We use not as … as to compare two things with the intent of highlighting that one is less than another or even inferior to another in some way.

      We can use this with adjectives/adverbs/verbs with this structure:

      • Not as [adjective/adverb/verb] as…

      For example:

      • Today is not as warm as it was yesterday.
      • I’m not as fond of spicy food as you are.
      • This software is not as efficient as the old version.

        Using More/Less than

        In the last example, we highlighted that something is less than in some way. And without a doubt, we can use the words more than or less than to compare and contrast as well. 

        This is particularly useful when you want to indicate the quantity or degree to which something is different. 

        They are used to show that one thing exceeds or falls short of another in some way.

        For example:

        • Her report was less detailed and focused than his.
        • The company’s proposal offered a more generous timeline than the others. We’ll be moving forward with the sale soon.
        • The restaurant was less impressive than we expected.


        Note: we can also use ‘not as…as’ when highlighting the degree to which one is less than another.

        • The restaurant was not as impressive as we expected.

        Practice What You Learned

        Try using the linking words you learned with this simple quiz.

        Complete the following sentence:

        “Honestly, I was disappointed. The movie was ____  ____ good _____ I thought it would be. I expected it to be ____ action-packed and engaging _____ it was.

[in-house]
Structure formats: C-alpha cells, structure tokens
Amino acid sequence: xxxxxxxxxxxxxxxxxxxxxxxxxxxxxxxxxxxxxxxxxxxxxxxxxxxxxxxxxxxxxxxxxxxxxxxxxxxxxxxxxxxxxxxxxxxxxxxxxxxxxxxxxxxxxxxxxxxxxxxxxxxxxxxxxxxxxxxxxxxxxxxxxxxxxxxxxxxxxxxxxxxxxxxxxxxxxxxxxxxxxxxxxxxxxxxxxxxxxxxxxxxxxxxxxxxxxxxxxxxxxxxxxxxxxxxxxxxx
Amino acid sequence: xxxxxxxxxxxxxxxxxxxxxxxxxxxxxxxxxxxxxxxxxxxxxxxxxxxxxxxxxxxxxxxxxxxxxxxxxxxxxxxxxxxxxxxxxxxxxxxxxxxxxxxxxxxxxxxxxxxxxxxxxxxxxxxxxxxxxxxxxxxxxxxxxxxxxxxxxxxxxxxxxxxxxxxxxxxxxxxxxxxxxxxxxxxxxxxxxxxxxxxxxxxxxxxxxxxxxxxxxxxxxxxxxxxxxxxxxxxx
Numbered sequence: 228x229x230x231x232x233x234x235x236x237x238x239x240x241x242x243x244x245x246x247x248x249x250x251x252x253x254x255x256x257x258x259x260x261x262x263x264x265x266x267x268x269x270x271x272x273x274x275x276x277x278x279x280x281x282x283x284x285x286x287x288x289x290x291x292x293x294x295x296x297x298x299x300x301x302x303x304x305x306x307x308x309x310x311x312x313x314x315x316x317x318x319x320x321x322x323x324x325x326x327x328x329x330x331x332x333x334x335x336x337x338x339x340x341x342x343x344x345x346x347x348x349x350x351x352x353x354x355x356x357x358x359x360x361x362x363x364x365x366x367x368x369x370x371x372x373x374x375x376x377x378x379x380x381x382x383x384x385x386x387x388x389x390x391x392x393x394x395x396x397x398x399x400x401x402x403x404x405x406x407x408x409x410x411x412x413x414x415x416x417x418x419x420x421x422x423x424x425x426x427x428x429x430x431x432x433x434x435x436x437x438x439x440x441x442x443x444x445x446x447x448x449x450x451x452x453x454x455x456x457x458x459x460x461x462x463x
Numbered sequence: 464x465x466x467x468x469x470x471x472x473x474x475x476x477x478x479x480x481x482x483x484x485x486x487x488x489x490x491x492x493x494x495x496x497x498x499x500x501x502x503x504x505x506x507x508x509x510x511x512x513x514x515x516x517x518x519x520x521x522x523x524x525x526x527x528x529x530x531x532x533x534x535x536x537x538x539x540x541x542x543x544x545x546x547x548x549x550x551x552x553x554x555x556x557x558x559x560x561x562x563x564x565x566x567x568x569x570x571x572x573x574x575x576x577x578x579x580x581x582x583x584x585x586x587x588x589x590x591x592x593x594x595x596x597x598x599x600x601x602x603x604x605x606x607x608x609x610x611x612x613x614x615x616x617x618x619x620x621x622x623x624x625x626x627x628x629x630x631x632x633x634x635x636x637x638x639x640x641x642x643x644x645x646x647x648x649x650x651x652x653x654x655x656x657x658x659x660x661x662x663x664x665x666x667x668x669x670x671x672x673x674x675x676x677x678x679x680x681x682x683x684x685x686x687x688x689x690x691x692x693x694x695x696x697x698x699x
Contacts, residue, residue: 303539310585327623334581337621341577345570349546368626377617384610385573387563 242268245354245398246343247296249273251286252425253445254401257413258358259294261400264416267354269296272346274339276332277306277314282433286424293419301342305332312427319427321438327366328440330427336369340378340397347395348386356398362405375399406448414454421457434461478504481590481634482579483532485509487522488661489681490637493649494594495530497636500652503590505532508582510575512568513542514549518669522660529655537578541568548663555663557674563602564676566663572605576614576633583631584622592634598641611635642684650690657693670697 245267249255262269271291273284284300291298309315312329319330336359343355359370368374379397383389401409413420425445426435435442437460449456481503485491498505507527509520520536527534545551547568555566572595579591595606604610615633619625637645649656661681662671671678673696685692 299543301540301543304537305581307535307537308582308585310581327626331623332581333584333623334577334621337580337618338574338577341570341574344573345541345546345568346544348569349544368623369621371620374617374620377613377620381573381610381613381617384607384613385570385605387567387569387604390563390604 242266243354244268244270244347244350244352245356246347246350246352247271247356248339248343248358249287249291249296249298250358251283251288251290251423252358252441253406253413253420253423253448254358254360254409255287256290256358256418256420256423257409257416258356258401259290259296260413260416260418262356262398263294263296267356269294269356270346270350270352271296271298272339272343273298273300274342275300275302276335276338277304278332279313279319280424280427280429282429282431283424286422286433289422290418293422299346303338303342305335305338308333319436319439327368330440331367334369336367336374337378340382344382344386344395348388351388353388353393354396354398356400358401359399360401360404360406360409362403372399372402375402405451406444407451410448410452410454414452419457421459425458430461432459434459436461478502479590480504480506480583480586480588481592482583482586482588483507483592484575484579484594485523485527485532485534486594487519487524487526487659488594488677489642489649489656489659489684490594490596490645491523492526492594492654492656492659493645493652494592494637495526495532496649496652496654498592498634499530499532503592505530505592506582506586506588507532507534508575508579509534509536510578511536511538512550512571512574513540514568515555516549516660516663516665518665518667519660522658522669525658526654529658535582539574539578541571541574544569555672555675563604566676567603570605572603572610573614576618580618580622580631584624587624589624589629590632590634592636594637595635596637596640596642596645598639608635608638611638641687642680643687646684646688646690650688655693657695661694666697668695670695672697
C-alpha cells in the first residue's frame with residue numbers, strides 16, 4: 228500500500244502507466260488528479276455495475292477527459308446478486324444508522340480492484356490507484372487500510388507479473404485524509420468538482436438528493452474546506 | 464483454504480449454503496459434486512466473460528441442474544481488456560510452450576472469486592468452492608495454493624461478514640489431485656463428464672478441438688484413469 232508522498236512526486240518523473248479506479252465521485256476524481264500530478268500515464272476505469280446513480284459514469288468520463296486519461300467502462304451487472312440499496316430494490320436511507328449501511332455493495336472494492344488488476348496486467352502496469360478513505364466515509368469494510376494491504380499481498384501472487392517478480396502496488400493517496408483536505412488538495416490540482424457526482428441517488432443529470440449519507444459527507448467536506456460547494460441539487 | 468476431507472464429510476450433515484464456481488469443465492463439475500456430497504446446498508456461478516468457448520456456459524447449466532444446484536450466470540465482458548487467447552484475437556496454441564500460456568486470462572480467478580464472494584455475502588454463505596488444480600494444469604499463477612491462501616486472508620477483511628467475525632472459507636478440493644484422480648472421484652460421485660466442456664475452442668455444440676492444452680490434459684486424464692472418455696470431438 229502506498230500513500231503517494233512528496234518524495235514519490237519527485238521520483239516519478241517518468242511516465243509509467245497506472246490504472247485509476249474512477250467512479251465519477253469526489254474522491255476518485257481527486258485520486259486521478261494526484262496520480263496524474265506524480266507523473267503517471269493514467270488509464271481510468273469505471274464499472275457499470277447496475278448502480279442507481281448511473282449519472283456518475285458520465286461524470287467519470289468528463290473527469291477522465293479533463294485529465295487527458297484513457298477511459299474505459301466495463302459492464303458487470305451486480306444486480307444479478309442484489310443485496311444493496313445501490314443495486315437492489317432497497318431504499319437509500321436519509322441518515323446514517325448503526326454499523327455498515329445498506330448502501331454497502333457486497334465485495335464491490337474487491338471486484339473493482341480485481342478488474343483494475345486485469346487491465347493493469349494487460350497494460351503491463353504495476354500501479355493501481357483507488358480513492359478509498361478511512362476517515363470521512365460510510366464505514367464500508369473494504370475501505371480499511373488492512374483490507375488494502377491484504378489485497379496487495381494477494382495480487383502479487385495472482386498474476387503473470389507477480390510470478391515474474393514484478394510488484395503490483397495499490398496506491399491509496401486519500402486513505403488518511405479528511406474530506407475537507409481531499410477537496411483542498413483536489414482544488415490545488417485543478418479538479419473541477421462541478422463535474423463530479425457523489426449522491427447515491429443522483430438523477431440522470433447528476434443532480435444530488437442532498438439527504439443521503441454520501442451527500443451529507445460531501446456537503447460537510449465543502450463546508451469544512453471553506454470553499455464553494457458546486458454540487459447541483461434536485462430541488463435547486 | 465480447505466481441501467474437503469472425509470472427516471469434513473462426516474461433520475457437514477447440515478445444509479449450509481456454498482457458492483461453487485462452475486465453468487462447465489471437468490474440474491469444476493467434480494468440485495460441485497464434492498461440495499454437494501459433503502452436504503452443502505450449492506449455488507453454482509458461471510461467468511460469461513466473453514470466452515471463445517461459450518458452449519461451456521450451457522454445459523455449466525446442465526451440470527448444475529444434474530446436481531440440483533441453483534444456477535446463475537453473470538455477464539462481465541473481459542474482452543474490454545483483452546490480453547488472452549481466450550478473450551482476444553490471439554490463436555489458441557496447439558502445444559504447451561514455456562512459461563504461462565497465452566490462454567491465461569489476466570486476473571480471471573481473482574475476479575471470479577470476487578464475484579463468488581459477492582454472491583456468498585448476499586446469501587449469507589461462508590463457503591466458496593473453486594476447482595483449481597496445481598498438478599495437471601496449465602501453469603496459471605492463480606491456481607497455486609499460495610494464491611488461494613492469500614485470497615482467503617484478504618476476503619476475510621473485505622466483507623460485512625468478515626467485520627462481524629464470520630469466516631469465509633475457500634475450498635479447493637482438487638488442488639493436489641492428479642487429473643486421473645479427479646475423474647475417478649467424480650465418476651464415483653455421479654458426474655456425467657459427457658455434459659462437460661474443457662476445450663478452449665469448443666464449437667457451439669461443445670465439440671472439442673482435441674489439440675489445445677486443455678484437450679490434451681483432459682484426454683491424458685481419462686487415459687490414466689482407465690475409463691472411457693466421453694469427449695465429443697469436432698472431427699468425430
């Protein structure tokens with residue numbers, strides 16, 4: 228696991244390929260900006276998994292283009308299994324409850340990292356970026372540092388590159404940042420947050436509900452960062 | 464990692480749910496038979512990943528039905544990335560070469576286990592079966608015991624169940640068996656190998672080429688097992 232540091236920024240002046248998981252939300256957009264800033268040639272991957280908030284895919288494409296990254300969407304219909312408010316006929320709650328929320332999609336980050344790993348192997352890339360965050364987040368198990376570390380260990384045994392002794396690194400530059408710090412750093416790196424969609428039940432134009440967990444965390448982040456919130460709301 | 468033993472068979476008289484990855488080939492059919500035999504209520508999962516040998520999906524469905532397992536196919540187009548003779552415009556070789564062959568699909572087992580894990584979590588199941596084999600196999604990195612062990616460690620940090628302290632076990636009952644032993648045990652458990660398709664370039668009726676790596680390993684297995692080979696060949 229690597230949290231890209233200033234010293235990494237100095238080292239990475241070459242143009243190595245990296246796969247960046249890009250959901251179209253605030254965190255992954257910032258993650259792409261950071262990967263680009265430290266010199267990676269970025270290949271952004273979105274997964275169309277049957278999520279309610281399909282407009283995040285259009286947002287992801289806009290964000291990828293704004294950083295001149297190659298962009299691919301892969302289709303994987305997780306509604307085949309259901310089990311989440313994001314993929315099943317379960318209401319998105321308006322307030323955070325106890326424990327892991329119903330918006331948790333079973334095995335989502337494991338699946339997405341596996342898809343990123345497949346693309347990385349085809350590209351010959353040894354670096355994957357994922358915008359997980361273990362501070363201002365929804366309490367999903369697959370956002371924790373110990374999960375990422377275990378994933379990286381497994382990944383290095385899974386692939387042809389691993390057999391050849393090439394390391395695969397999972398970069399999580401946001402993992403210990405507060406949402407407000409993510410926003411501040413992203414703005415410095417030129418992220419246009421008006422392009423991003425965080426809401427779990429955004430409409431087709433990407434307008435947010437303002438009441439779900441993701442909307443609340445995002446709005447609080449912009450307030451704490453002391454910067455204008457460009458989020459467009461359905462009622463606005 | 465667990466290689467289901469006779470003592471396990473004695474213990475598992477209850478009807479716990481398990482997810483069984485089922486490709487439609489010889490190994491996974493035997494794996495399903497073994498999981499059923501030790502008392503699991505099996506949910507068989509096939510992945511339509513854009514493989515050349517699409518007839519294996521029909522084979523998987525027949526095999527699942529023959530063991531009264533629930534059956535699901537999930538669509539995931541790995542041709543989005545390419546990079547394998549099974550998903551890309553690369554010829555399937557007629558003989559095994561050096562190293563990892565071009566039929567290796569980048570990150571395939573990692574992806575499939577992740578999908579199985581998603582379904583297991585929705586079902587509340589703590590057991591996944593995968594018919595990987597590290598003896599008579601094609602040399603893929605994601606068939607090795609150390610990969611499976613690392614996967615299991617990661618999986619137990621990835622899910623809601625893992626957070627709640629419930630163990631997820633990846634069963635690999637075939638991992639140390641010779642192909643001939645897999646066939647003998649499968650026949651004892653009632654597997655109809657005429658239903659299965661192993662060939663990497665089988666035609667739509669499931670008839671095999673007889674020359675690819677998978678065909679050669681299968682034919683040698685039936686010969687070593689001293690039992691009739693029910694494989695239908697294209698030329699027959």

(You’ll find the answers in the comments below.)

        Bonus Activity

        1. Think about a time when you had to choose between two things. Use ‘whereas’ to explain why you made your choice

        As always, you can share your comments and questions with me below.

        ~ Annemarie

        Get the Confidence to Say What You Want in English

        Follow my 3-step solution to speak English with clarity, fluency, and freedom so you can say what you want with confidence.

        You'll also get my Confident English lessons delivered by email every Wednesday and occasional information about available courses. You can unsubscribe any time.

        More Like This

        Better Ways to Say Yes, No, Maybe, and I Can’t in English

        Better Ways to Say Yes, No, Maybe, and I Can’t in English

        At its best, saying “maybe” to an invitation is awkward. It might sound like you don’t want to go. And at its worst, it can sound rude. Are there better ways to say yes, no, maybe, or I can’t in English? Absolutely. Here’s how to accept and decline invitations + requests in English.

        Next Course Dates: September 27 - November 22
        Want access to early registration? Join my exclusive waitlist.

        I'd love your thoughts and questions! Please share your comment.x

        Pin It on Pinterest

        Share This